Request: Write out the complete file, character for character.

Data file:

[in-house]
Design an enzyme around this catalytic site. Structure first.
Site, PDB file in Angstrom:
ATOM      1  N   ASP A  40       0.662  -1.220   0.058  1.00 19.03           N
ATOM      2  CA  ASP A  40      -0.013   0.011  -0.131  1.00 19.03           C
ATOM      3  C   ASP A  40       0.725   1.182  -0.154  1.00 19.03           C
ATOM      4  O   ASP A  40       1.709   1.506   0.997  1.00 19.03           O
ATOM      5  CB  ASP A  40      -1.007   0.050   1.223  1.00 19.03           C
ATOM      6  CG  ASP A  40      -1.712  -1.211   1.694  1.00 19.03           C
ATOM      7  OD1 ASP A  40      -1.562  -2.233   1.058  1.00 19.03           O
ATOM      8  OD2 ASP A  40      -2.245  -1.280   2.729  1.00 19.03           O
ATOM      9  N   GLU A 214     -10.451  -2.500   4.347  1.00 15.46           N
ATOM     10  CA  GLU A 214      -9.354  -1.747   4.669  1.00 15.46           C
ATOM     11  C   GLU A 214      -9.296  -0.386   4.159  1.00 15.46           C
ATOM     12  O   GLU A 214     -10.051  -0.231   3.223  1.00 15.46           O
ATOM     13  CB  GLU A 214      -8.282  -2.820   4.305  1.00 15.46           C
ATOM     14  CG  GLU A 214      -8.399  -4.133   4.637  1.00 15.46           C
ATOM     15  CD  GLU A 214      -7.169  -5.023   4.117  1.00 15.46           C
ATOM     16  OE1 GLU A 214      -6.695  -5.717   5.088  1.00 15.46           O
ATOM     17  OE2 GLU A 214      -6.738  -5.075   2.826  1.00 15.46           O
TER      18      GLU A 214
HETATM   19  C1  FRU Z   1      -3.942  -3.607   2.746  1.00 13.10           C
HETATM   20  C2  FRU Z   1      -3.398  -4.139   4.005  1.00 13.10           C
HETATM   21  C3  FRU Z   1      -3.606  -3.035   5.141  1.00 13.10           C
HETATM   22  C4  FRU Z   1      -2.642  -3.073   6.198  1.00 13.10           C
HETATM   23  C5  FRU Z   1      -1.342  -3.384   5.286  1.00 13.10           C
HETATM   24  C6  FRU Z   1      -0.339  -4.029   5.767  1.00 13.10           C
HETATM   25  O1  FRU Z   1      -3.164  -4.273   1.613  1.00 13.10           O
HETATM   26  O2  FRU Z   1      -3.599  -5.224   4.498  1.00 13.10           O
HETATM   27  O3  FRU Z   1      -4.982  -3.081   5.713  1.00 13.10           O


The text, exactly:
[in-house]
Design an enzyme around this catalytic site. Structure first.
Site, PDB file in Angstrom:
ATOM      1  N   ASP A  40       0.662  -1.220   0.058  1.00 19.03           N
ATOM      2  CA  ASP A  40      -0.013   0.011  -0.131  1.00 19.03           C
ATOM      3  C   ASP A  40       0.725   1.182  -0.154  1.00 19.03           C
ATOM      4  O   ASP A  40       1.709   1.506   0.997  1.00 19.03           O
ATOM      5  CB  ASP A  40      -1.007   0.050   1.223  1.00 19.03           C
ATOM      6  CG  ASP A  40      -1.712  -1.211   1.694  1.00 19.03           C
ATOM      7  OD1 ASP A  40      -1.562  -2.233   1.058  1.00 19.03           O
ATOM      8  OD2 ASP A  40      -2.245  -1.280   2.729  1.00 19.03           O
ATOM      9  N   GLU A 214     -10.451  -2.500   4.347  1.00 15.46           N
ATOM     10  CA  GLU A 214      -9.354  -1.747   4.669  1.00 15.46           C
ATOM     11  C   GLU A 214      -9.296  -0.386   4.159  1.00 15.46           C
ATOM     12  O   GLU A 214     -10.051  -0.231   3.223  1.00 15.46           O
ATOM     13  CB  GLU A 214      -8.282  -2.820   4.305  1.00 15.46           C
ATOM     14  CG  GLU A 214      -8.399  -4.133   4.637  1.00 15.46           C
ATOM     15  CD  GLU A 214      -7.169  -5.023   4.117  1.00 15.46           C
ATOM     16  OE1 GLU A 214      -6.695  -5.717   5.088  1.00 15.46           O
ATOM     17  OE2 GLU A 214      -6.738  -5.075   2.826  1.00 15.46           O
TER      18      GLU A 214
HETATM   19  C1  FRU Z   1      -3.942  -3.607   2.746  1.00 13.10           C
HETATM   20  C2  FRU Z   1      -3.398  -4.139   4.005  1.00 13.10           C
HETATM   21  C3  FRU Z   1      -3.606  -3.035   5.141  1.00 13.10           C
HETATM   22  C4  FRU Z   1      -2.642  -3.073   6.198  1.00 13.10           C
HETATM   23  C5  FRU Z   1      -1.342  -3.384   5.286  1.00 13.10           C
HETATM   24  C6  FRU Z   1      -0.339  -4.029   5.767  1.00 13.10           C
HETATM   25  O1  FRU Z   1      -3.164  -4.273   1.613  1.00 13.10           O
HETATM   26  O2  FRU Z   1      -3.599  -5.224   4.498  1.00 13.10           O
HETATM   27  O3  FRU Z   1      -4.982  -3.081   5.713  1.00 13.10           O